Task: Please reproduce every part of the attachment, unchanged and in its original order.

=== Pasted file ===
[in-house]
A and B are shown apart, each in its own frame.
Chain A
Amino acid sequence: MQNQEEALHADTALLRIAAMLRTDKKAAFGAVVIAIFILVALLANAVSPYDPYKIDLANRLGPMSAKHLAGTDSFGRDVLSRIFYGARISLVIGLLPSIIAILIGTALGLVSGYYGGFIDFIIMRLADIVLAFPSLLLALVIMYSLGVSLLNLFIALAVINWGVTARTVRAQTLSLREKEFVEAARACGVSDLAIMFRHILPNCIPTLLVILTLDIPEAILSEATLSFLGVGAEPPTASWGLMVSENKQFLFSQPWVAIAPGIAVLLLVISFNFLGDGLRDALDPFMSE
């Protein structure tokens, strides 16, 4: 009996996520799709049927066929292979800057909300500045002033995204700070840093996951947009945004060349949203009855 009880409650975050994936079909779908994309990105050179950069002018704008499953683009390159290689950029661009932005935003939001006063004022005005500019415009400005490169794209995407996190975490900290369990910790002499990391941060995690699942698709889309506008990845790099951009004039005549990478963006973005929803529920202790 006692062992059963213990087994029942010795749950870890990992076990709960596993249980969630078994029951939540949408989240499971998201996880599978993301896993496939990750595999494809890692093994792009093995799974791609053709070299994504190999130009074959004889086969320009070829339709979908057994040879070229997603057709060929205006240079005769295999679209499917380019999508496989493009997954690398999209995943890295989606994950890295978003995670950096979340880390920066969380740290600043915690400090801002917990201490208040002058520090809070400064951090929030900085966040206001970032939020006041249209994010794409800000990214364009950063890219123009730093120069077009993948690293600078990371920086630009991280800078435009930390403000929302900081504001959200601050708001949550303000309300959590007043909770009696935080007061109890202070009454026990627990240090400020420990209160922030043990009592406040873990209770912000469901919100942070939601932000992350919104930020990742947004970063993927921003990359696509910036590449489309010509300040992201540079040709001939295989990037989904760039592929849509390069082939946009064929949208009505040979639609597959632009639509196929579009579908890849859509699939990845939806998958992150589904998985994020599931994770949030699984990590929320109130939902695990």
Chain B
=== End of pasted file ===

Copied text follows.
[in-house]
A and B are shown apart, each in its own frame.
Chain A
Amino acid sequence: MQNQEEALHADTALLRIAAMLRTDKKAAFGAVVIAIFILVALLANAVSPYDPYKIDLANRLGPMSAKHLAGTDSFGRDVLSRIFYGARISLVIGLLPSIIAILIGTALGLVSGYYGGFIDFIIMRLADIVLAFPSLLLALVIMYSLGVSLLNLFIALAVINWGVTARTVRAQTLSLREKEFVEAARACGVSDLAIMFRHILPNCIPTLLVILTLDIPEAILSEATLSFLGVGAEPPTASWGLMVSENKQFLFSQPWVAIAPGIAVLLLVISFNFLGDGLRDALDPFMSE
């Protein structure tokens, strides 16, 4: 009996996520799709049927066929292979800057909300500045002033995204700070840093996951947009945004060349949203009855 009880409650975050994936079909779908994309990105050179950069002018704008499953683009390159290689950029661009932005935003939001006063004022005005500019415009400005490169794209995407996190975490900290369990910790002499990391941060995690699942698709889309506008990845790099951009004039005549990478963006973005929803529920202790 006692062992059963213990087994029942010795749950870890990992076990709960596993249980969630078994029951939540949408989240499971998201996880599978993301896993496939990750595999494809890692093994792009093995799974791609053709070299994504190999130009074959004889086969320009070829339709979908057994040879070229997603057709060929205006240079005769295999679209499917380019999508496989493009997954690398999209995943890295989606994950890295978003995670950096979340880390920066969380740290600043915690400090801002917990201490208040002058520090809070400064951090929030900085966040206001970032939020006041249209994010794409800000990214364009950063890219123009730093120069077009993948690293600078990371920086630009991280800078435009930390403000929302900081504001959200601050708001949550303000309300959590007043909770009696935080007061109890202070009454026990627990240090400020420990209160922030043990009592406040873990209770912000469901919100942070939601932000992350919104930020990742947004970063993927921003990359696509910036590449489309010509300040992201540079040709001939295989990037989904760039592929849509390069082939946009064929949208009505040979639609597959632009639509196929579009579908890849859509699939990845939806998958992150589904998985994020599931994770949030699984990590929320109130939902695990």
Chain B